Polygonica helps reconstruct 17th century flute model to enable 3D printing of playable replicas

The Department of Engineering Science at Oxford University had a complex mesh created from a 3D scan of a severely damaged part of a 17th century flute that was impossible to 3D print.

The instrument in question, a recorder made in London, had an extremely dry and porous wooden block in the mouthpiece damaged by insects. The CT scan provided by Cranfield University and converted to a STL file was not at all printable. It contained a huge number of errors including self-intersecting triangles and had lots of internal detail not required for 3D printing.

Peter Walters, 3D printing engineer at Oxford University, said “We tried to rebuild the model of the block using several other mesh software tools without success. However the unique capabilities and specialist knowledge of Polygonica enabled this to be achieved with ease.” For those who do not know, Polygonica is a solid modelling software toolkit for processing polygon meshes.

Solid model before shrink-wrapping
Solid model after shrink-wrapping
Internal structure before shrink-wrapping
Internal structure removed after shrink-wrapping

We used Polygonica’s shrink-wrapping algorithms to create a faithful representation of the outer surface of the original model, whilst removing errors and unwanted internal structure. This resulted in an accurate and printable STL file,” said Dr. Simon Vickers, Senior Developer at MachineWorks Limited.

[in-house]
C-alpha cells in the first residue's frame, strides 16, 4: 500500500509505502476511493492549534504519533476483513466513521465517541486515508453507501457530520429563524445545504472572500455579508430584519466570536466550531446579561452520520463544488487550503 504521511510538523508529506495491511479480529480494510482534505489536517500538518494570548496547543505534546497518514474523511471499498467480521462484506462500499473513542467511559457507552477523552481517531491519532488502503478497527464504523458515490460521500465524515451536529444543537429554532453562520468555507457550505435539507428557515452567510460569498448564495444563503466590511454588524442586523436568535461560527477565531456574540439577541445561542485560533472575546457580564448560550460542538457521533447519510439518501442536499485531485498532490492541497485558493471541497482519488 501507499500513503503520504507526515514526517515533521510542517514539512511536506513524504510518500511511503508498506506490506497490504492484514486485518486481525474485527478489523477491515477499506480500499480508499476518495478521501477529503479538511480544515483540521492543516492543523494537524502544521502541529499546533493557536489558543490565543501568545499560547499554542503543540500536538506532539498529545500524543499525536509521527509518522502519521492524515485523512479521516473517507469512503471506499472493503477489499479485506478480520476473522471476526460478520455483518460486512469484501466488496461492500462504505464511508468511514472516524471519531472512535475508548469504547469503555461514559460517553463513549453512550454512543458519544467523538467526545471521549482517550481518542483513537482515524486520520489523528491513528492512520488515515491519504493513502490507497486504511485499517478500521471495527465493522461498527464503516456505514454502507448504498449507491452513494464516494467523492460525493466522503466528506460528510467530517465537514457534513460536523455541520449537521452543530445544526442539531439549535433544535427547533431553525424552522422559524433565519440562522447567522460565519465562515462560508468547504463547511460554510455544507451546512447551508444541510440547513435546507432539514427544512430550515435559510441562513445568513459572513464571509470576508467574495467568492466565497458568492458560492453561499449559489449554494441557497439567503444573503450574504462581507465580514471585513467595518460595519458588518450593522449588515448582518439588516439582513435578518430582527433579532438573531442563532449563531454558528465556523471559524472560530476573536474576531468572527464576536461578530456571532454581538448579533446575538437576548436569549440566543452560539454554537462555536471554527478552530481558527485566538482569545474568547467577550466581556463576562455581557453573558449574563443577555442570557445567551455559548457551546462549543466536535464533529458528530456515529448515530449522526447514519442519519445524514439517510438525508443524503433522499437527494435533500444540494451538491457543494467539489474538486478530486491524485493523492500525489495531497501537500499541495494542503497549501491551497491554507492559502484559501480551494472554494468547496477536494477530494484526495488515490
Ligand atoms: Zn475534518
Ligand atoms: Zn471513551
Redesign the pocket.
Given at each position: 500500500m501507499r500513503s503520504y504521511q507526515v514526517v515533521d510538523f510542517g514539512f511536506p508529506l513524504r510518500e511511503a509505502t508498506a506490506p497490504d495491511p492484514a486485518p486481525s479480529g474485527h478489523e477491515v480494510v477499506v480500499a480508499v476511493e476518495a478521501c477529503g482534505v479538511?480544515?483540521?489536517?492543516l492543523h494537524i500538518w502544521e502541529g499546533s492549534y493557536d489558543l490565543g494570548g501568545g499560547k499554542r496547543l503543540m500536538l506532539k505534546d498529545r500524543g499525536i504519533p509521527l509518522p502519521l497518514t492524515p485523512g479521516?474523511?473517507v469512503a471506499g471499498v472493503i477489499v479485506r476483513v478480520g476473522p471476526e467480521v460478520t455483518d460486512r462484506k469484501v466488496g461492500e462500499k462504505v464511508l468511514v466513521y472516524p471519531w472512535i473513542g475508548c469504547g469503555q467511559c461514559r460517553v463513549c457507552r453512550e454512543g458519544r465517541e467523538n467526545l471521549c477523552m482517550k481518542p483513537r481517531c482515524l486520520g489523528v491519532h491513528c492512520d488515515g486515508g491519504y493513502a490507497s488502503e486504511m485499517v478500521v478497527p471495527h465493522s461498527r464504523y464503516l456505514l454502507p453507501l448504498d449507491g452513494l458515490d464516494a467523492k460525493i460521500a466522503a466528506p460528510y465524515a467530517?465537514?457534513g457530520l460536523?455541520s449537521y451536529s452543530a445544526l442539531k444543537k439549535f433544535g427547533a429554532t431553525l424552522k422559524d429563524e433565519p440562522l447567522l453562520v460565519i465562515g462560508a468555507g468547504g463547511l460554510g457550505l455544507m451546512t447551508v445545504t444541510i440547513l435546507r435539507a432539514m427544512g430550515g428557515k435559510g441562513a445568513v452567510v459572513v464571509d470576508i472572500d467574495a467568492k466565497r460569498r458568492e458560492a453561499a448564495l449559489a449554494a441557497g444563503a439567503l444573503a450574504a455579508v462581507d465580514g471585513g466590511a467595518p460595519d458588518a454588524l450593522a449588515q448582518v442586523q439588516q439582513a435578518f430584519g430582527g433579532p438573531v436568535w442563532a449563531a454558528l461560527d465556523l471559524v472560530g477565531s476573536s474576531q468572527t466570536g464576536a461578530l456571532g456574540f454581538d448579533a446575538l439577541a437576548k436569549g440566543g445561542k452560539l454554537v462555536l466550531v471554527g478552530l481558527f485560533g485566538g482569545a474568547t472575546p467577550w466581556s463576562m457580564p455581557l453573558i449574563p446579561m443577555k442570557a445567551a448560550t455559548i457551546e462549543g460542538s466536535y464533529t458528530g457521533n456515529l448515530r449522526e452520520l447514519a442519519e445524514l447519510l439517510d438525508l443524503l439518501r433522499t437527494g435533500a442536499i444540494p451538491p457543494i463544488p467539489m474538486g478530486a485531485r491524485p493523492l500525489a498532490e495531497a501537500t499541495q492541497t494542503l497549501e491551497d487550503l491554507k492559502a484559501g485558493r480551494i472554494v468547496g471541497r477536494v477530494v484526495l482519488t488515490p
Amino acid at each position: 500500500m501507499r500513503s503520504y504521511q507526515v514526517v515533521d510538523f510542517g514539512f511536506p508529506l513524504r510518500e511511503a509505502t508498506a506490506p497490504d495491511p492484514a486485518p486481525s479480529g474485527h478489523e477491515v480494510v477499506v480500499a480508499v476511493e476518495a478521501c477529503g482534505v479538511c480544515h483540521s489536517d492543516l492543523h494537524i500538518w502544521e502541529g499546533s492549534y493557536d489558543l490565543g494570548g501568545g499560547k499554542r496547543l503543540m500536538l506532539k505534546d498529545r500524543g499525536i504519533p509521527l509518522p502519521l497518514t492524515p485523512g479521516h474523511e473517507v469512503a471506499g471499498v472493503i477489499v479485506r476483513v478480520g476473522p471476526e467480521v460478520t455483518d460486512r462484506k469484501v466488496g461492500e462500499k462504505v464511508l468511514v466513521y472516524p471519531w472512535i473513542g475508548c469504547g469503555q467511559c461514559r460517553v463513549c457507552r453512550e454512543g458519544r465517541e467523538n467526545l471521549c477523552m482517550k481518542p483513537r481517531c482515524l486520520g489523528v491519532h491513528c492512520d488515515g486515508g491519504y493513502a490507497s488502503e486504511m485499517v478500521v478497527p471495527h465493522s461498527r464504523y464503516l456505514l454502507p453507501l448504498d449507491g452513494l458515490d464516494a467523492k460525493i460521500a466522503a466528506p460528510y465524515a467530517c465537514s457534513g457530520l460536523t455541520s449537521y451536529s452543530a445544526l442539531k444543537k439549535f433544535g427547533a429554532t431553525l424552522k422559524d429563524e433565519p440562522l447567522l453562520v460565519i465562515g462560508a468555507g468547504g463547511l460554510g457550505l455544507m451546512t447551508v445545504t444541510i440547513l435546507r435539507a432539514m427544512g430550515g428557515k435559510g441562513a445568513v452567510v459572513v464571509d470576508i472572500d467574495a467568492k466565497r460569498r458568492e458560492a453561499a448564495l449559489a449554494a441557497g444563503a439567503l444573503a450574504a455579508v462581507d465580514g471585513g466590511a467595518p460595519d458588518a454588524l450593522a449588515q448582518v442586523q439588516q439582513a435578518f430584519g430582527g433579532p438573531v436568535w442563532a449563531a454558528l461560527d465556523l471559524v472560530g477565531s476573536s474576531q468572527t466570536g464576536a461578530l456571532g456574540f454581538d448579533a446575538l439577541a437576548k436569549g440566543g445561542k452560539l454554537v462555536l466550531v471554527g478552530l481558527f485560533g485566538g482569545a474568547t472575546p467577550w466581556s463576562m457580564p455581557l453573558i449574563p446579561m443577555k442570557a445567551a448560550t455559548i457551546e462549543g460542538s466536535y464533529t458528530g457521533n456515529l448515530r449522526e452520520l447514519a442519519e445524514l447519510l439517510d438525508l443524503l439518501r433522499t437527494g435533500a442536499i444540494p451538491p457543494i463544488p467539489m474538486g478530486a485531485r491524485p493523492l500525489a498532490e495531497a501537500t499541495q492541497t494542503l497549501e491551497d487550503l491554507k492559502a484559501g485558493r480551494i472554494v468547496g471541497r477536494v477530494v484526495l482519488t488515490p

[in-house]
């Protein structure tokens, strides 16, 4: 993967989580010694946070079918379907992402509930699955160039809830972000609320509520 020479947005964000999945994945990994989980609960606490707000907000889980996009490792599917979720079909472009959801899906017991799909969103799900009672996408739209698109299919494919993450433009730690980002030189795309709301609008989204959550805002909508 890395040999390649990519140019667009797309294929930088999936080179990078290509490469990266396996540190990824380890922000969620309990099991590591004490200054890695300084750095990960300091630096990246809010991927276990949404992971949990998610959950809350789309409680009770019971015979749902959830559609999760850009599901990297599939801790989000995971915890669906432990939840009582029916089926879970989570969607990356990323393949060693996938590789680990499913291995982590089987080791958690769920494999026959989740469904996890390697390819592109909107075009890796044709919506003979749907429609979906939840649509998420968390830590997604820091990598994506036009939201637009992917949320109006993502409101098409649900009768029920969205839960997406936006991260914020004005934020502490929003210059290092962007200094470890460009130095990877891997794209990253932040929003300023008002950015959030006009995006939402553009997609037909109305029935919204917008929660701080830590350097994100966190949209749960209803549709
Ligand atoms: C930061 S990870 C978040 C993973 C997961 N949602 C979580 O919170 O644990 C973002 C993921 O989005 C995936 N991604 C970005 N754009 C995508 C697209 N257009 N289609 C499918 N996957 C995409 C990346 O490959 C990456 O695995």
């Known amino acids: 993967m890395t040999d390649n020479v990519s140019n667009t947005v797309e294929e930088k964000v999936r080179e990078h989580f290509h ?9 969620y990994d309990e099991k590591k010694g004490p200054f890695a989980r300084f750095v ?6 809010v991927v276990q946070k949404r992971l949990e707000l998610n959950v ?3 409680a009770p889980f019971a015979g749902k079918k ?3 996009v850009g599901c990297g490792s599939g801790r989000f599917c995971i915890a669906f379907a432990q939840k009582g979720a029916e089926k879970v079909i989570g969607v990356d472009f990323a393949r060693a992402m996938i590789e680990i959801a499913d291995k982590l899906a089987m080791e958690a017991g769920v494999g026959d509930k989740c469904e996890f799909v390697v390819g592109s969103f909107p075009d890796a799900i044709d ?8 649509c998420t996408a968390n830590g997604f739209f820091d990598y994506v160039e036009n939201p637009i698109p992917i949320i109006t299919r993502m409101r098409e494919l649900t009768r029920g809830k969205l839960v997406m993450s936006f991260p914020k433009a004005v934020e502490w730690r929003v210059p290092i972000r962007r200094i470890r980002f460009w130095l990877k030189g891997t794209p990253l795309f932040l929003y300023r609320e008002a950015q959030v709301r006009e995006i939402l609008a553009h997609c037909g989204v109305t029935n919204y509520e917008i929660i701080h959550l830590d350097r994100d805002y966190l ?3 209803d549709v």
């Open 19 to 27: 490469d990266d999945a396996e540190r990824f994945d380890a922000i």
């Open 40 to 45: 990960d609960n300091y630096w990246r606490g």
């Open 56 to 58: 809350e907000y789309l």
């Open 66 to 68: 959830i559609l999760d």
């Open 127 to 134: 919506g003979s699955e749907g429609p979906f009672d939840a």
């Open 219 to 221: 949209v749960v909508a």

The Pitt Rivers Museum houses a collection of over 7,000 musical instruments from around the world and receives multiple requests for the instruments to be played. Unfortunately, many of the instruments are either too fragile to be played and risk being irreversibly damaged, or else have been contaminated by old pesticide treatments which now pose a health risk to anyone wanting to play them.

The Department of Engineering Science at Oxford University and the Conservation Department at Oxford’s Pitt Rivers Museum are collaborating to create playable replicas of antique musical instruments using 3D scanning, reverse engineering and 3D printing.  The team includes Andrew Hughes and Jeremy Uden from the Pitt Rivers Museum and Alfonso Castrejon-Pita, Peter Walters and Benjamin Fudge from Oxford University Department of Engineering Science.

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